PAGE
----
In Proto-Indo-European (PIE), it's easy to show that in some stage of Pre-IE, there was once a heavy stress accent (as in English or Italian) that caused unstressed vowels to erode and disappear altogether. In the later PIE stage, tonal accent is reconstructed. Pick any noun that shows accent alternation when declined and we can see the evidence of Syncope plain as day. The animate word *h₂éwis 'bird' (nominative case) is *h₂wei-s 'of the bird' in the genitive case, and likewise *ḱwōn-s 'dog' (nominative case) is *ḱun-ós in the genitive. The only sensible conclusion is that these forms were more regular further into the past. Hence we may infer that before Syncope, there was a vowel between the consonants of *h₂w- in genitive *h₂weis (say, *h₂VwéisV) and that *ḱun- in *ḱunós was originally something along the lines of *kVwVn-ósV, thereby matching the nominative and accusative forms which would have been the same shape but with accent on the preceding syllable.
In my theory, the stage preceding Syncope (i.e. Mid IE) appears to have a perfectly predictable accent which is always found on the penultimate syllable unless the word ends in any of a handful of suffixes originating from particles agglutinated sometime around early Mid IE (MIE). Antepenultimate accent is found in the nominative singular in *-sa becoming PIE *-s (from *sa 'the' > PIE *so 'this'), the 3ps verbal ending *-ta(i) becoming PIE *-t(i), (based on *ta 'that' > PIE *to-) and the pronominal inanimate in *-ta becoming *-d (also based on MIE *ta 'that'). I presume by Occam's Razor that all initial clusters in PIE dating to Mid IE were the product of Syncope until such time as it can be proven that some clusters were inherited from before Syncope (and I still haven't found any good reason to believe otherwise). By letting logical simplicity be my guide, this has given me a consistent and simple syllabic structure in MIE that allows only *CV(C) (where C = 'consonant' and V = 'vowel').
So this is all straight-forward and has been concluded by many people before me (such as the previously-mentioned linguist, C.H. Borgstrøm). However I'm dismayed that, whether it be Nostraticists who can't see the trees for the forest or conservative Indo-Europeanists (IEists) who can't see the forest for the trees, no one seems to have noticed what this event of Syncope inevitably implies beyond these more obvious examples.
We are soon confronted with a problem if, by chance, we allow our imagination to dream up a hypothetical word form for the sake of argument, something perhaps that doesn't behave so nicely as we would like. Let's say that there was an MIE verb root like **makéra-. As I've described MIE above, there is absolutely nothing objectionable about such a form. It's only when Syncope operates on it that we start to notice a snag since without any interference, we should expect **mker-. In fact, it's rather silly to expect such a thing because although almost anything is possible in languages around the world, a sequence like */mk-/ in a verb root is unheard of in PIE . We would expect perhaps that *m would remain syllabic somehow but verb roots in PIE simply don't look like this and conform to a stricter structure that disallows many shapes.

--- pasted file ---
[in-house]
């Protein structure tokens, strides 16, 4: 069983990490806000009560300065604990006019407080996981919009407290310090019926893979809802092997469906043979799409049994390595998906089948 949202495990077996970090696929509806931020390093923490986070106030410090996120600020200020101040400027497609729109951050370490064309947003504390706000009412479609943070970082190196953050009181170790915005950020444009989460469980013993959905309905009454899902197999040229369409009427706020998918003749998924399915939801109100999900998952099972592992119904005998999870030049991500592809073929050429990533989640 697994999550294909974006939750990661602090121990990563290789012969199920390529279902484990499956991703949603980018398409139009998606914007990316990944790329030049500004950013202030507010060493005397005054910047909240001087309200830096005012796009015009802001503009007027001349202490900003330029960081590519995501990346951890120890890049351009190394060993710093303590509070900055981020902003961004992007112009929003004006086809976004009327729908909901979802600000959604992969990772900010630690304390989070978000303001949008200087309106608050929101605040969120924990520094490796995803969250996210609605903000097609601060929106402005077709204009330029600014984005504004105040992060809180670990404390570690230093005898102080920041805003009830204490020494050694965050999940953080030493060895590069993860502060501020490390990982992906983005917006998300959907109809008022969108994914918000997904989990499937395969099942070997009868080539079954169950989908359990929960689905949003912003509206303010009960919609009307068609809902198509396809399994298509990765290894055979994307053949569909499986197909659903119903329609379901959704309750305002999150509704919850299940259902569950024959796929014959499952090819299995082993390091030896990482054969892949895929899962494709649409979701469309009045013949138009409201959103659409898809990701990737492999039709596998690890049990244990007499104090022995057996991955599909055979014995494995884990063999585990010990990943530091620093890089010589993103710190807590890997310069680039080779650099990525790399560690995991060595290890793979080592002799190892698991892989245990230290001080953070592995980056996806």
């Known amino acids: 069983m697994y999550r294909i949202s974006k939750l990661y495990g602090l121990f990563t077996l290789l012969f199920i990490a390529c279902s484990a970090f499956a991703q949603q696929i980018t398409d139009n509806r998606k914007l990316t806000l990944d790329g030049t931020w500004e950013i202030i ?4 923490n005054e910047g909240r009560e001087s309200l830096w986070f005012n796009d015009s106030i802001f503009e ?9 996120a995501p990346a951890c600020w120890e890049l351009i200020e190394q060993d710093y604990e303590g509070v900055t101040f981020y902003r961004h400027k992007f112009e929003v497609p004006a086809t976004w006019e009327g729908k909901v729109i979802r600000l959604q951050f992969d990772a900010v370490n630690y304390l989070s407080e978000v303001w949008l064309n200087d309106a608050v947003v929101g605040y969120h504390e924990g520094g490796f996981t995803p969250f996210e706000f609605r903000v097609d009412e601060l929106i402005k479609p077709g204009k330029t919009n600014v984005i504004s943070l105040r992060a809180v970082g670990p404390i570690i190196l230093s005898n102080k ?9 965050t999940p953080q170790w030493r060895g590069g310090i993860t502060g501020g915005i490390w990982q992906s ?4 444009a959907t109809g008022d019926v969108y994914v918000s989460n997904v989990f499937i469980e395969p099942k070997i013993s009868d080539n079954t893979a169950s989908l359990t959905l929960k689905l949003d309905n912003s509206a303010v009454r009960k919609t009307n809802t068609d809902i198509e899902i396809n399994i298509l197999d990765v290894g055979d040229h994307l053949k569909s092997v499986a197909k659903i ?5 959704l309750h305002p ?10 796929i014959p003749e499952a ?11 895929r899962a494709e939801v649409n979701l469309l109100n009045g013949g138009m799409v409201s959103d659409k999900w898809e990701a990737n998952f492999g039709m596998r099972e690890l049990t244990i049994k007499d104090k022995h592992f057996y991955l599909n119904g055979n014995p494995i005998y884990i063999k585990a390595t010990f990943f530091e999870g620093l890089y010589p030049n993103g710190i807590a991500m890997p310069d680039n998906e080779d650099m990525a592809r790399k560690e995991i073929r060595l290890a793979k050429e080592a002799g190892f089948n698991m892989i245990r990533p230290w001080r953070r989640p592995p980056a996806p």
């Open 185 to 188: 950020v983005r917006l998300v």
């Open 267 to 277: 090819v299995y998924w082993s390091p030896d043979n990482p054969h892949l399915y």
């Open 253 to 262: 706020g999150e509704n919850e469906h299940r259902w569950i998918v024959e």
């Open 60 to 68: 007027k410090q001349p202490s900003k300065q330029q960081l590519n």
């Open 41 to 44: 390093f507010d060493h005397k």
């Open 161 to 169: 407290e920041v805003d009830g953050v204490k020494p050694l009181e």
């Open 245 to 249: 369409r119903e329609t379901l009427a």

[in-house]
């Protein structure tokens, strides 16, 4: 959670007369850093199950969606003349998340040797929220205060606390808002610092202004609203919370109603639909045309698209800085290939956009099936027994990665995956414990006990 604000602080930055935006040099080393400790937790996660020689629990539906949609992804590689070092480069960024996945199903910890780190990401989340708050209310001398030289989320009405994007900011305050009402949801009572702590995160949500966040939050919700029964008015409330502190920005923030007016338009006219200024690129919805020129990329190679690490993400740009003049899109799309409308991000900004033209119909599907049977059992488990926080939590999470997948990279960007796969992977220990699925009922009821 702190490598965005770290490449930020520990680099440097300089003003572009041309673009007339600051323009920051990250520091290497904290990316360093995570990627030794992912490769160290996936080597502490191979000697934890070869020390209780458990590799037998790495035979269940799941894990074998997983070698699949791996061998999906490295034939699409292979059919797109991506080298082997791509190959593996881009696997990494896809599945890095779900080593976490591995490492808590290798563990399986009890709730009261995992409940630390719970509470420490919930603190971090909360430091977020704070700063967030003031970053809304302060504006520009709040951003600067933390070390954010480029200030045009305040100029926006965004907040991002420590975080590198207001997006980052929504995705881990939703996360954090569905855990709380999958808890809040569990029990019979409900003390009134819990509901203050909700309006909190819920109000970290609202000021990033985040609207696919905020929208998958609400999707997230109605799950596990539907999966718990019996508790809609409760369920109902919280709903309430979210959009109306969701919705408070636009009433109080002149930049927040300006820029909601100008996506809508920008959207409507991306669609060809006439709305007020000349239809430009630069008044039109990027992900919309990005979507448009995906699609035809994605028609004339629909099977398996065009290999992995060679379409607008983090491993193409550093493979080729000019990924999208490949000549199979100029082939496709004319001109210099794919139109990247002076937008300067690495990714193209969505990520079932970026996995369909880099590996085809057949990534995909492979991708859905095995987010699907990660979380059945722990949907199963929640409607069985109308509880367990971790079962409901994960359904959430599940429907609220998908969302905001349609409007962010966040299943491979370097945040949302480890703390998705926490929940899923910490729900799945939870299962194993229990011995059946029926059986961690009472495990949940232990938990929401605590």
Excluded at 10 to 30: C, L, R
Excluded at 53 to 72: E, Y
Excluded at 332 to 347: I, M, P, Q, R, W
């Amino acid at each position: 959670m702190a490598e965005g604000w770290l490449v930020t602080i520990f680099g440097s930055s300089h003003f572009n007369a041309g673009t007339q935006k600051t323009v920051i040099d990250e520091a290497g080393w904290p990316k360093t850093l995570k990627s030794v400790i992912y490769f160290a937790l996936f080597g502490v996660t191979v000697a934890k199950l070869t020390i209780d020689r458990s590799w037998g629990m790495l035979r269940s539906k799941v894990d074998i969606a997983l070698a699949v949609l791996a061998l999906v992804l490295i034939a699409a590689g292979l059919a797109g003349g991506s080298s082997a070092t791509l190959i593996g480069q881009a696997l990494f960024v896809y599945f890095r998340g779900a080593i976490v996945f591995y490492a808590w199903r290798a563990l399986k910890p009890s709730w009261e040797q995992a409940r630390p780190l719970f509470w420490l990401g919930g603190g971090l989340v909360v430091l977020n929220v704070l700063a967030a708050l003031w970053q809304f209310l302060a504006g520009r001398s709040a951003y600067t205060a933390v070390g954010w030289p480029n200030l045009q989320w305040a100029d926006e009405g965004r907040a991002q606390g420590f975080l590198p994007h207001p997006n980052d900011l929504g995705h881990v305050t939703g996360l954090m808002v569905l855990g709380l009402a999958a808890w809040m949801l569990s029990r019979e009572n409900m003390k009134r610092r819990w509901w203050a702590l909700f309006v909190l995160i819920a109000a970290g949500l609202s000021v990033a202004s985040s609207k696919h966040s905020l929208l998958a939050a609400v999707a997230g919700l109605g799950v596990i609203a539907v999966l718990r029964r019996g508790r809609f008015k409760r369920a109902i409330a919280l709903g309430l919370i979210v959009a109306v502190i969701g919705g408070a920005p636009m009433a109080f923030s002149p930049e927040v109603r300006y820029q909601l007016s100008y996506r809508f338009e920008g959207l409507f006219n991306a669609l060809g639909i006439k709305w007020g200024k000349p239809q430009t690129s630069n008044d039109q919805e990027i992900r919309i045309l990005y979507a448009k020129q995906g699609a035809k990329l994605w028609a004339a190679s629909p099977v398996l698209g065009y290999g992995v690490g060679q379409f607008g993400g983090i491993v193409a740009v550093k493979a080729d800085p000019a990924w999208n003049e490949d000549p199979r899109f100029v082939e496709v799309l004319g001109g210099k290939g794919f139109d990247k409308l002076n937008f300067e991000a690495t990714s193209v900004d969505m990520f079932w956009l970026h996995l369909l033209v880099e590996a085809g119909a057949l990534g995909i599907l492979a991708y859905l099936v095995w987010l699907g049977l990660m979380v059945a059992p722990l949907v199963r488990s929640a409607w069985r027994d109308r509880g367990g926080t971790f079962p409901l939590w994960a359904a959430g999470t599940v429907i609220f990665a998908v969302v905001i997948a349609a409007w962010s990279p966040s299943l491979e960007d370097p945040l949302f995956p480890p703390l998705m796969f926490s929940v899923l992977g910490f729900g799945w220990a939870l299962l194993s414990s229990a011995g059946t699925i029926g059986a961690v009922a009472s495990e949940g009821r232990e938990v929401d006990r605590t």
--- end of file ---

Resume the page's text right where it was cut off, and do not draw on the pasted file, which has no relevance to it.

Therefore, since all sorts of run-of-the-mill sequences in MIE can lead us very easily to awkward consonant clusters when Syncope is applied, this one example illuminates for us that something more drastic must have happened in pre-IE. This 'something' is phonotactic restructuring which would reestablish sanity in the language's syllabicity despite the murderous deletion of so many unstressed vowels, and this likely occurred through various means depending on the nature of the syllabic violation in question. Metathesis might be one possible tactic for languages undergoing these reductions but in this particular example and knowing what we know of PIE, **mekr- isn't any better than **mker- since we find neither sorts of verbs in PIE at all. If we take our cues from Middle Chinese however, we might expect that the offending onset element was simply deleted. So perhaps we should expect **makéra- to become **ker-, not **mker-, after Syncope. One might also suspect that some phonemes were altered to fit better with sonority hierarchy. Perhaps for example, odd resulting clusters like **ml- might have been fortified to *pl- or *bʰl-. As you can now see, my previously-mentioned suspicion that *mad- 'to be drunk' goes back to maxéd̰a- by way of the vocalization and loss of laryngeal in the onset is implicated in my elaborate network of interconnected thoughts and wasn't just some whim I had at the spur of the moment. (That is, regardless of whether this word is connected to a Proto-Semitic passive participle, I really do suspect that this word once had a laryngeal in the onset because of the root's vocalism.) IEists need to ponder on these riddles more but so far either extremist conservatism or extremist whim are the soups-du-jour. I try to walk the path of balance through this age of bipolar extremisms and I hope that my readers do too.
At any rate, one thing is for certain: Syncope directly implies that a lot more went on than just vowel deletion. So if anyone is searching for a thesis topic, this is an itch just waiting to be scratched.
 I prefer to be more precise than this and reconstruct *kaxʷánasa (nom.)/*kaxʷanása (gen.) in MIE. The reasons for this however are largely beyond the scope of Mid IE and in part related to the rule of Laryngeal Vocalization in late Mid IE which I haven't yet talked about. It suffices for now to observe that PIE's initial consonant clusters are caused by Syncope and placement of stress accent.
 I must admit that this particular idea might perhaps be a hasty suggestion considering *mleuh₂- "to speak". At any rate, as you can see, there are many ways in which a language may try to normalize words that violate its syllabicity rules.